Gluttony means consuming way more than you need. And it’s a great way for the monkey to distract you from your creative path.

Walking through a museum and snapping a picture of each painting you pass, then hurrying on to the next. Signing up for classes, then never bothering to show up and do the work. Why start that painting when you and your credit card could while away the afternoon at the art supply store? Easier to amass more drying tubes of paint, teetering piles of empty sketchbooks, basket-loads of supplies for crafts you doesn’t have the time to master — than bypass the monkey and get to work.

Gluttony means valuing quantity over quality. And we live in times of more, more, more, where there’s always a new distraction, a new treat popping upon our phones. Why do they call it a Facebook feed, d’ya think? Because it stuffs our troughs with trivia, 24/7. We consume bytes instead of being in the moment and appreciating the wonder and beauty around us already. We are gluttonous with our time and yet stingy with it too, wasting it rather than investing it in the self-improvement and habits that can bring us the things that will truly satisfy our hungers.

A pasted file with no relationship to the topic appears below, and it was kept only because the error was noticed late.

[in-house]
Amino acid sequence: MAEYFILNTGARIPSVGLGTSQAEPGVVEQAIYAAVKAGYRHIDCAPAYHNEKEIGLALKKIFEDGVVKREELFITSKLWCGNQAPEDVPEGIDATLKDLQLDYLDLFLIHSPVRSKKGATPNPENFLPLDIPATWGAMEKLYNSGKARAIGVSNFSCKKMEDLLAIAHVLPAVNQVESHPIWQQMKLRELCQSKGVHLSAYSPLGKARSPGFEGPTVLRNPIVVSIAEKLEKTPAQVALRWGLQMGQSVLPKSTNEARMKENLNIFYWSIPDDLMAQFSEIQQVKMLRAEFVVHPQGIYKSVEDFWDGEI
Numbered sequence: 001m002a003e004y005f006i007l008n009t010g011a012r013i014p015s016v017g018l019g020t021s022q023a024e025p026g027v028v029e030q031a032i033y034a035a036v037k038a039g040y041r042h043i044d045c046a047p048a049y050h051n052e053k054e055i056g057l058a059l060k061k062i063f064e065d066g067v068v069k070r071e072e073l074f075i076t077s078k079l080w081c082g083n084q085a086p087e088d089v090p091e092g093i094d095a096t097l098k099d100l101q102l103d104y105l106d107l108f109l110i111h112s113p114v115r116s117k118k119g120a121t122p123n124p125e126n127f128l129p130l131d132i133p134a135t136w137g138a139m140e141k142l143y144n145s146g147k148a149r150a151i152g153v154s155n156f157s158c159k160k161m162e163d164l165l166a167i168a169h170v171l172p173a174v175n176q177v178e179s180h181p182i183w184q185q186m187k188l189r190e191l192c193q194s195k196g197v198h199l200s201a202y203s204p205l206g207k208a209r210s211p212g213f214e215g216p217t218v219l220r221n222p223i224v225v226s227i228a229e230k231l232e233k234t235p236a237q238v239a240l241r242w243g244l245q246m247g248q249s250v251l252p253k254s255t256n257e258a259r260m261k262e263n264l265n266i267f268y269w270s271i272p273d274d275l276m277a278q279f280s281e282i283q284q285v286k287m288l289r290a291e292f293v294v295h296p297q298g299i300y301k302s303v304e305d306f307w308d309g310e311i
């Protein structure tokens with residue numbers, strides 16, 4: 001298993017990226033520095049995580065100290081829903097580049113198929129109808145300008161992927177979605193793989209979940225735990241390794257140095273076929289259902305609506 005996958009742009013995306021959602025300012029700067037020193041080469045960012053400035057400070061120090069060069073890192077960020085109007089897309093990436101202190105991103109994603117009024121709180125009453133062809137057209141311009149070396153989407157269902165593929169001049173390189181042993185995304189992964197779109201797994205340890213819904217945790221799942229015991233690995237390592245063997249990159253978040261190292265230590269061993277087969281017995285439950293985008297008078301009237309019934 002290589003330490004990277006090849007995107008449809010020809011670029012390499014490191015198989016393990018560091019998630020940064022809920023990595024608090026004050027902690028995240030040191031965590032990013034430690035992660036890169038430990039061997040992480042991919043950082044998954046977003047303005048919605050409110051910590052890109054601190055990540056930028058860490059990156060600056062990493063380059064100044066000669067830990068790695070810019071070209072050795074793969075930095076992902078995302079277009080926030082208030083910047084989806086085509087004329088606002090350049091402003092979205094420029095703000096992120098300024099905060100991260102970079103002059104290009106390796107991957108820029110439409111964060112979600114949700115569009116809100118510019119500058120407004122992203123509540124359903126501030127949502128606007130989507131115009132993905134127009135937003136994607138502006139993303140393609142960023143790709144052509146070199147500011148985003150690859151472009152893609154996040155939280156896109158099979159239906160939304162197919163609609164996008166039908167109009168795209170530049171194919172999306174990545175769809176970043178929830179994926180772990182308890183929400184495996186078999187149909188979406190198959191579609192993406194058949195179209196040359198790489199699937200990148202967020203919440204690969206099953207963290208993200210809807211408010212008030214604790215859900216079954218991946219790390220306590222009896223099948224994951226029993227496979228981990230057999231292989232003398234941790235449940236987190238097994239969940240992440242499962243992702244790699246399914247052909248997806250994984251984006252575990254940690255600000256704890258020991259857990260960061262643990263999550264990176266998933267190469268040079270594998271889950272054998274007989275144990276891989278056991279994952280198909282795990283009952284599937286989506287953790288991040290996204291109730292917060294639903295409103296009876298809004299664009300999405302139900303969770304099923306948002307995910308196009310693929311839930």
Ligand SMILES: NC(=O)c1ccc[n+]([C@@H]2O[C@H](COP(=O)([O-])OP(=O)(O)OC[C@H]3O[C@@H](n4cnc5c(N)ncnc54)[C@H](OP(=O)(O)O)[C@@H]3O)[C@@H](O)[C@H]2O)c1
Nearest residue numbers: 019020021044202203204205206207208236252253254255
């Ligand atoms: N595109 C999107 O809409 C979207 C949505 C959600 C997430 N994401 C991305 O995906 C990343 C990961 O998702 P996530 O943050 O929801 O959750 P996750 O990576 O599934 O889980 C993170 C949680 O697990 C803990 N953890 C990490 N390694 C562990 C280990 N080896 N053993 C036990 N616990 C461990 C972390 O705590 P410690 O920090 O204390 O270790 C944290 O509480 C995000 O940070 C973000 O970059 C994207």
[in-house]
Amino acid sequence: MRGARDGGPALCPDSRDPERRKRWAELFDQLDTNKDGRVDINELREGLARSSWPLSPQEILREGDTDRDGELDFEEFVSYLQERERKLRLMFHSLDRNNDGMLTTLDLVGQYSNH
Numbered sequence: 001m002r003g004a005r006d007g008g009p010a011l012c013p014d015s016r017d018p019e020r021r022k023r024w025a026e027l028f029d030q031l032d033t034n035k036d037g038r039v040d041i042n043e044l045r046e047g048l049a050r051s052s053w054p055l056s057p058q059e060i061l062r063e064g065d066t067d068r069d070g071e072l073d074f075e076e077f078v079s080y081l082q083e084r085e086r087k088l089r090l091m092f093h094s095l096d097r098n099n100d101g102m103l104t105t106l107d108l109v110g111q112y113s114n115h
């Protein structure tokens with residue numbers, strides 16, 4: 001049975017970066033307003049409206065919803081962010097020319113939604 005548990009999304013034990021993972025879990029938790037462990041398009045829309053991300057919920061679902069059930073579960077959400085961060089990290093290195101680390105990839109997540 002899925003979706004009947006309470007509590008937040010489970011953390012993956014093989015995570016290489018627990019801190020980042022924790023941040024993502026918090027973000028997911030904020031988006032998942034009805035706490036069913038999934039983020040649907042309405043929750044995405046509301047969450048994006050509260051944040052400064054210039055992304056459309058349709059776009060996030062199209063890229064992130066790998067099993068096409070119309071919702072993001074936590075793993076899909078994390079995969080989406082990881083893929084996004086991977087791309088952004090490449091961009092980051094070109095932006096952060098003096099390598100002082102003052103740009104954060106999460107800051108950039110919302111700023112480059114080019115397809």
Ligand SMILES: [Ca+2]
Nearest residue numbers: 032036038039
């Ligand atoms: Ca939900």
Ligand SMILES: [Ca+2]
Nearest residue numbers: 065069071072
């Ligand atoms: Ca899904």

Gluttony is a sin of lost control. Like Lust, it drives out of our minds, to places we don’t recognize in the mirror. We automatically grab for more entertainment, more stimulation, more consumption, faster, longer, all of which distract us from our purpose, our skills, our deepening experience as human beings. We are unable to ignore the buzz in our pockets, the dings on our night stands, we drool and reach and feast.

Creativity is about creating something new, adding to the world of beauty, not just taking and acquiring.

Gluttony stems from fear. We are afraid of exposing ourselves, standing naked as we are. Afraid of being vulnerable. We cloak ourselves in a thick protective layer of shopping bags from Abercrombie & Fitch, Dean & DeLuca or Windsor & Newton. We need distraction from our true selves, from loneliness, from inadequacy, from being who we are.

The solution is to make more, rather than take more. Pull your excess art supplies off the shelf and give them to your local public school. Turn off all electronics a day a week and fill your time with songbirds and wind. Unsubscribe from distraction and sign up for a healthy diet of starving artistry. It won’t kill you, it’ll fill your soul.

Second in a series on seven deadly creative sins.